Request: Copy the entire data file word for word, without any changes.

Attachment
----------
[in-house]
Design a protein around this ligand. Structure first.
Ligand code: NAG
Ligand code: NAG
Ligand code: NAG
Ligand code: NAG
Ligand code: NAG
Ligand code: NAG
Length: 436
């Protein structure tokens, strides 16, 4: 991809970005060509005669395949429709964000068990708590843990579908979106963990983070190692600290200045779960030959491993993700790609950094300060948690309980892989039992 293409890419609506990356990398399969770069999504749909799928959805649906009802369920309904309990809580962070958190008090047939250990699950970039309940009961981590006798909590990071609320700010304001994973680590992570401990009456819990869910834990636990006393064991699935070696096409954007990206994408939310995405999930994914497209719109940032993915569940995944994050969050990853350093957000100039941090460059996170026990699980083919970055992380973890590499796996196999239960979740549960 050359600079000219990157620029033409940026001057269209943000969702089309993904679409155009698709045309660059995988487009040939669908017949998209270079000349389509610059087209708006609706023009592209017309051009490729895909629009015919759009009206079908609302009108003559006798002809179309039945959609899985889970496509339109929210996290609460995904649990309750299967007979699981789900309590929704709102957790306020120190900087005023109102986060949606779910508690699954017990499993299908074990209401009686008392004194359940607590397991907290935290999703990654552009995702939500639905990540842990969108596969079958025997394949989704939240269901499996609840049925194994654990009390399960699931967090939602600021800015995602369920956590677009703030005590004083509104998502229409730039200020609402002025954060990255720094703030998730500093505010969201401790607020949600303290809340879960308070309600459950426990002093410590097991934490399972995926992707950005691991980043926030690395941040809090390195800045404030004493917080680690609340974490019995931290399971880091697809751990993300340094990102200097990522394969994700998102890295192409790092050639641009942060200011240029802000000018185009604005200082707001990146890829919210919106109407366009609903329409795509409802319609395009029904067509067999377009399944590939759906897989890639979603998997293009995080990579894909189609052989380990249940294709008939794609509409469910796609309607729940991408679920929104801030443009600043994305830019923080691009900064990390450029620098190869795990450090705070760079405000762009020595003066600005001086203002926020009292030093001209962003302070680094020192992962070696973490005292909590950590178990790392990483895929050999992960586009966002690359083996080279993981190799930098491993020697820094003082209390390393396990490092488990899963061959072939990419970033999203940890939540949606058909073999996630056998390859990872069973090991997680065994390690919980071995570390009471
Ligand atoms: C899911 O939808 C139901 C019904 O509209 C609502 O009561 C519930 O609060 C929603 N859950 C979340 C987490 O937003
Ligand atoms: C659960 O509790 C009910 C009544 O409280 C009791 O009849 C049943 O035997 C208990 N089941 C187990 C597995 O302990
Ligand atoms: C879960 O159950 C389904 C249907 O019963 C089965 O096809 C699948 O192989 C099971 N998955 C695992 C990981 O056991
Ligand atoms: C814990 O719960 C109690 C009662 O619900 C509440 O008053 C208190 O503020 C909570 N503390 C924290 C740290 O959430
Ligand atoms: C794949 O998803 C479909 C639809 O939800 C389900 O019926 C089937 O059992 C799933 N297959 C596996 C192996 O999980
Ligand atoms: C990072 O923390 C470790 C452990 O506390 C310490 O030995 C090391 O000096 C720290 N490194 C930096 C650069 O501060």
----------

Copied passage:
[in-house]
Design a protein around this ligand. Structure first.
Ligand code: NAG
Ligand code: NAG
Ligand code: NAG
Ligand code: NAG
Ligand code: NAG
Ligand code: NAG
Length: 436
């Protein structure tokens, strides 16, 4: 991809970005060509005669395949429709964000068990708590843990579908979106963990983070190692600290200045779960030959491993993700790609950094300060948690309980892989039992 293409890419609506990356990398399969770069999504749909799928959805649906009802369920309904309990809580962070958190008090047939250990699950970039309940009961981590006798909590990071609320700010304001994973680590992570401990009456819990869910834990636990006393064991699935070696096409954007990206994408939310995405999930994914497209719109940032993915569940995944994050969050990853350093957000100039941090460059996170026990699980083919970055992380973890590499796996196999239960979740549960 050359600079000219990157620029033409940026001057269209943000969702089309993904679409155009698709045309660059995988487009040939669908017949998209270079000349389509610059087209708006609706023009592209017309051009490729895909629009015919759009009206079908609302009108003559006798002809179309039945959609899985889970496509339109929210996290609460995904649990309750299967007979699981789900309590929704709102957790306020120190900087005023109102986060949606779910508690699954017990499993299908074990209401009686008392004194359940607590397991907290935290999703990654552009995702939500639905990540842990969108596969079958025997394949989704939240269901499996609840049925194994654990009390399960699931967090939602600021800015995602369920956590677009703030005590004083509104998502229409730039200020609402002025954060990255720094703030998730500093505010969201401790607020949600303290809340879960308070309600459950426990002093410590097991934490399972995926992707950005691991980043926030690395941040809090390195800045404030004493917080680690609340974490019995931290399971880091697809751990993300340094990102200097990522394969994700998102890295192409790092050639641009942060200011240029802000000018185009604005200082707001990146890829919210919106109407366009609903329409795509409802319609395009029904067509067999377009399944590939759906897989890639979603998997293009995080990579894909189609052989380990249940294709008939794609509409469910796609309607729940991408679920929104801030443009600043994305830019923080691009900064990390450029620098190869795990450090705070760079405000762009020595003066600005001086203002926020009292030093001209962003302070680094020192992962070696973490005292909590950590178990790392990483895929050999992960586009966002690359083996080279993981190799930098491993020697820094003082209390390393396990490092488990899963061959072939990419970033999203940890939540949606058909073999996630056998390859990872069973090991997680065994390690919980071995570390009471
Ligand atoms: C899911 O939808 C139901 C019904 O509209 C609502 O009561 C519930 O609060 C929603 N859950 C979340 C987490 O937003
Ligand atoms: C659960 O509790 C009910 C009544 O409280 C009791 O009849 C049943 O035997 C208990 N089941 C187990 C597995 O302990
Ligand atoms: C879960 O159950 C389904 C249907 O019963 C089965 O096809 C699948 O192989 C099971 N998955 C695992 C990981 O056991
Ligand atoms: C814990 O719960 C109690 C009662 O619900 C509440 O008053 C208190 O503020 C909570 N503390 C924290 C740290 O959430
Ligand atoms: C794949 O998803 C479909 C639809 O939800 C389900 O019926 C089937 O059992 C799933 N297959 C596996 C192996 O999980
Ligand atoms: C990072 O923390 C470790 C452990 O506390 C310490 O030995 C090391 O000096 C720290 N490194 C930096 C650069 O501060």